After that, she started to warm up to us. She would ride to school with Lindsey, who would pull over to let her throw up, and would even let her drive so she wouldn’t feel so carsick. Leah started coming out of her room, eating with us, and joining us to watch all the seasons of Friends on DVD since we didn’t have cable. That little city girl was learning how to live in the country. Before long, we were no longer strangers, we were family.
We all look back on that ordeal as precious time where God’s grace, providence, provision and direction were so clear. Leah became, and continues to be, my other daughter, and sister to my girls. We laughed and loved, played games and watched Friends. After the semester was over, Leah went back to DC to be cared for by her parents, and they welcomed the most beautiful baby girl in the world, sweet little Emma. Leah is now happily married, and has two more precious daughters. She is such a good mother, following in Kim’s footsteps — Leah learned from the best.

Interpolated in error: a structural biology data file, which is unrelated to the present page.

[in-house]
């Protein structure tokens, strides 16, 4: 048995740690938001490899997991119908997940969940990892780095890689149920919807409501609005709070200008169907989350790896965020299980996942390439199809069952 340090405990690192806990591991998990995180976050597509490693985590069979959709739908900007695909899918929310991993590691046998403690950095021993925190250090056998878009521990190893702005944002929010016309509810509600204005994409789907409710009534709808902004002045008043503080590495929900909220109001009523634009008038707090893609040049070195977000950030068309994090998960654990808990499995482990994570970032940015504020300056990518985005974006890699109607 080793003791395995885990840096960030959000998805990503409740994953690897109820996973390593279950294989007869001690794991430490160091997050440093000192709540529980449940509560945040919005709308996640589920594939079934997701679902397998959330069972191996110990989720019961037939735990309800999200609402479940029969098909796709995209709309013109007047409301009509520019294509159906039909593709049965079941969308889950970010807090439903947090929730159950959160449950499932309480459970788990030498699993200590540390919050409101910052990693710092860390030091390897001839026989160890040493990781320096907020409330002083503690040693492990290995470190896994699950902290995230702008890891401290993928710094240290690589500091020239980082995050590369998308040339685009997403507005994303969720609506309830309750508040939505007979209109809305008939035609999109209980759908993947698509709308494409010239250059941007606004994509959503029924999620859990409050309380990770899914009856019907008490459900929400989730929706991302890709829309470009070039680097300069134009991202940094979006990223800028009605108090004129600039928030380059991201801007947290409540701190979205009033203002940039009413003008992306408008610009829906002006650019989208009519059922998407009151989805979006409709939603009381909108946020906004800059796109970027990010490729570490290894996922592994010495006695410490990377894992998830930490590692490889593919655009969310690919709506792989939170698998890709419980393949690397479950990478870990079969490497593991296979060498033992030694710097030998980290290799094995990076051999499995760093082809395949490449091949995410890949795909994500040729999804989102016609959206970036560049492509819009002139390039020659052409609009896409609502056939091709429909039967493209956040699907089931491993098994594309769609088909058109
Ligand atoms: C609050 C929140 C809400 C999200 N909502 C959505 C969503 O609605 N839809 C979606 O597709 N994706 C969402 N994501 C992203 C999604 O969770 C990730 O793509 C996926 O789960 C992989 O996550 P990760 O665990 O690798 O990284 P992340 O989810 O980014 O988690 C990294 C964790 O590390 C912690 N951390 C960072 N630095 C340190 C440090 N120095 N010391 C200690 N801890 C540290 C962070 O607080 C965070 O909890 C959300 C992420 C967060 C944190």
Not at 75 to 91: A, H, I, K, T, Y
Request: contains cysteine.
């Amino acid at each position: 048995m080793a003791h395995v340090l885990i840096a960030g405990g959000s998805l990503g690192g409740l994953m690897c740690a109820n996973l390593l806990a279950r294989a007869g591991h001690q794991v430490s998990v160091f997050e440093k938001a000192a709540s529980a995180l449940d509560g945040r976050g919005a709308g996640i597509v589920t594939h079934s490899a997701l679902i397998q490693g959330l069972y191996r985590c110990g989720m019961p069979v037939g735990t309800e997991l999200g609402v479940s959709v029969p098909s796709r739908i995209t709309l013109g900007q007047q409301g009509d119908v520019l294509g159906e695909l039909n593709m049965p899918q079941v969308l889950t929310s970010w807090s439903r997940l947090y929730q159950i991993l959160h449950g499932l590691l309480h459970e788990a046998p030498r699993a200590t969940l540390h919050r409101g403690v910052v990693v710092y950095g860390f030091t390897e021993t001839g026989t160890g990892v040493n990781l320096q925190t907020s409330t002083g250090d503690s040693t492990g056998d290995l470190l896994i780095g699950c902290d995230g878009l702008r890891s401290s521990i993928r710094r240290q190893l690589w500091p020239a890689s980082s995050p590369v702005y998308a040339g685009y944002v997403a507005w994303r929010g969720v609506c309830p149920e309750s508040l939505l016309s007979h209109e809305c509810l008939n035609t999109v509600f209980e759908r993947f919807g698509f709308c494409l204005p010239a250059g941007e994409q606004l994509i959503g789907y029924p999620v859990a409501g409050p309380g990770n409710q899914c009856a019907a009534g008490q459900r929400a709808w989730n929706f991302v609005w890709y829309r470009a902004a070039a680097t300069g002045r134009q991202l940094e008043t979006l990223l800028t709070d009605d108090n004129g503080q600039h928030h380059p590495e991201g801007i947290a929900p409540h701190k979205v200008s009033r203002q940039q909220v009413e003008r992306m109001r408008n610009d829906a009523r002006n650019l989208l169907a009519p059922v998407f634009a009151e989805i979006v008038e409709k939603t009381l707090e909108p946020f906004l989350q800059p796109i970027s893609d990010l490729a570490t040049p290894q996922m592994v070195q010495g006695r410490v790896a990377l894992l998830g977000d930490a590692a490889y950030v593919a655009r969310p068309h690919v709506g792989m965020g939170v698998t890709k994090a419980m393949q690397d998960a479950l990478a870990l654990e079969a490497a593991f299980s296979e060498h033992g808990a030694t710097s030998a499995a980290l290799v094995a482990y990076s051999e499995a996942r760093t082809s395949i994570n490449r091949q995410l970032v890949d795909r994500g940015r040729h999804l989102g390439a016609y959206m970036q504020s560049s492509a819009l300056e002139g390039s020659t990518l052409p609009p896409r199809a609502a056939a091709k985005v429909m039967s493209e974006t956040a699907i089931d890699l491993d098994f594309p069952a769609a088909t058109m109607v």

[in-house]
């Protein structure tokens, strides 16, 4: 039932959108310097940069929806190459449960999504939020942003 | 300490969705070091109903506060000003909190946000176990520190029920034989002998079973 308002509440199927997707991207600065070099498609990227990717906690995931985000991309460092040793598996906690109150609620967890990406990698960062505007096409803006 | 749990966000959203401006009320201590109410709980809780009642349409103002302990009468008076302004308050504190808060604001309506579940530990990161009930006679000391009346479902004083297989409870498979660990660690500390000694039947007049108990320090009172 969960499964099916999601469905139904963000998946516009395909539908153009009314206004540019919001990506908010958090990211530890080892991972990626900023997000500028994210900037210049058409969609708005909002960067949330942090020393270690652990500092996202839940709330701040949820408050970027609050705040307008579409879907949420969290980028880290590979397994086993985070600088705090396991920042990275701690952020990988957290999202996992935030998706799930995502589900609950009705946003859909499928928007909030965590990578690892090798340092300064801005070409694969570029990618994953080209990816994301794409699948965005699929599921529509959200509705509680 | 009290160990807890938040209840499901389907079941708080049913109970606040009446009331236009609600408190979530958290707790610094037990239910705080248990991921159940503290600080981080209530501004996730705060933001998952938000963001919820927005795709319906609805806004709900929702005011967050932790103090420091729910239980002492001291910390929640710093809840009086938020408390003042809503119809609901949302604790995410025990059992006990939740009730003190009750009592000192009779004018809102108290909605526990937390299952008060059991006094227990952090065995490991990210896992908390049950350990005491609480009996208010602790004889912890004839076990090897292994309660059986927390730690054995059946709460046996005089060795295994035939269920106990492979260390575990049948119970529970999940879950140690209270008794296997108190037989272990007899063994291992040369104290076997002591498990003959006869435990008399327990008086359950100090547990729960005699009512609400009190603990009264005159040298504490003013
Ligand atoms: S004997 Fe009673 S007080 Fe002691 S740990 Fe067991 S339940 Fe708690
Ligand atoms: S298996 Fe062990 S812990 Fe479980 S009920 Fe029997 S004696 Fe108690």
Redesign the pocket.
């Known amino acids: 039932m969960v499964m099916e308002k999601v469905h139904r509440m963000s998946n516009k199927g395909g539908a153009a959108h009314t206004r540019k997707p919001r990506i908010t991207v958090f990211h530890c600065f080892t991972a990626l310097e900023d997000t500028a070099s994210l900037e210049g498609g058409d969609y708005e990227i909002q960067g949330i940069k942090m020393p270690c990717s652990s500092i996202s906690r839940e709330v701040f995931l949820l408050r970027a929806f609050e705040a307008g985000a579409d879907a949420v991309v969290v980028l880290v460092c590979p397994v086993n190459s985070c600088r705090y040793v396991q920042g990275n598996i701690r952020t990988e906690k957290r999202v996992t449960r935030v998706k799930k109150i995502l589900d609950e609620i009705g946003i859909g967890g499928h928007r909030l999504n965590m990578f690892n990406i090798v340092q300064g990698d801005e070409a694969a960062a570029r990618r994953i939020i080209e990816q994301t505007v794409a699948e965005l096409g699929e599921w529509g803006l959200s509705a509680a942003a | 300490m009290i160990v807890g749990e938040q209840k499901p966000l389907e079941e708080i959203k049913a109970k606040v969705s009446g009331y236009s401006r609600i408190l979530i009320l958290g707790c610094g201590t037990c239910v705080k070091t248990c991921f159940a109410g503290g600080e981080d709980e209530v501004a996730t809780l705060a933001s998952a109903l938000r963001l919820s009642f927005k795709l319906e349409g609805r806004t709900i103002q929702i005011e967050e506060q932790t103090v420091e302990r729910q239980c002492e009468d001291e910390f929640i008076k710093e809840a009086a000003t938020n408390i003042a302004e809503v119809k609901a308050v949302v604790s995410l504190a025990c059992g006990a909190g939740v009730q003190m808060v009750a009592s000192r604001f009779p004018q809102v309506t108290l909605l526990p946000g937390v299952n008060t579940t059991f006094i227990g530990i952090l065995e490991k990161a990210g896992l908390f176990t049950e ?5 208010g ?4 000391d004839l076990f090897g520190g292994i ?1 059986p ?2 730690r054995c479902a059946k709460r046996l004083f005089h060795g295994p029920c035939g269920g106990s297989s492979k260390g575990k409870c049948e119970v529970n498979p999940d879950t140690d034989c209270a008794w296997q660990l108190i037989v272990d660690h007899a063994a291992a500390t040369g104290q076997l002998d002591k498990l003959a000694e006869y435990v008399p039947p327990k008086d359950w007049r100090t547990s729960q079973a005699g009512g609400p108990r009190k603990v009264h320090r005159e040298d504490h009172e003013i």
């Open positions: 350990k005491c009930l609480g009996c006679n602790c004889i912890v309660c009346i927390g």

I remain grateful that Kim shared Leah with us for that semester. Leah gave me more than I gave her. She gave me the chance to pay it forward, to continue making a Healing Place, to add someone else to our family. Most importantly, I was afraid God was finished with me, that He wouldn’t use me anymore, that I was damaged goods, and useless to the Kingdom. Leah proved me wrong.
Let me encourage you — if you feel sad and alone, give to someone who is sad and alone. Take your eyes off of your hardship and pour into another who needs love. Don’t close yourself off. Be open to opportunities to bless someone. Mark my words, you’ll find you are the blessed one in the end. God promises it to us in Luke 6:38,
Give, and it will be given to you. A good measure, pressed down, shaken together and running over, will be poured into your lap.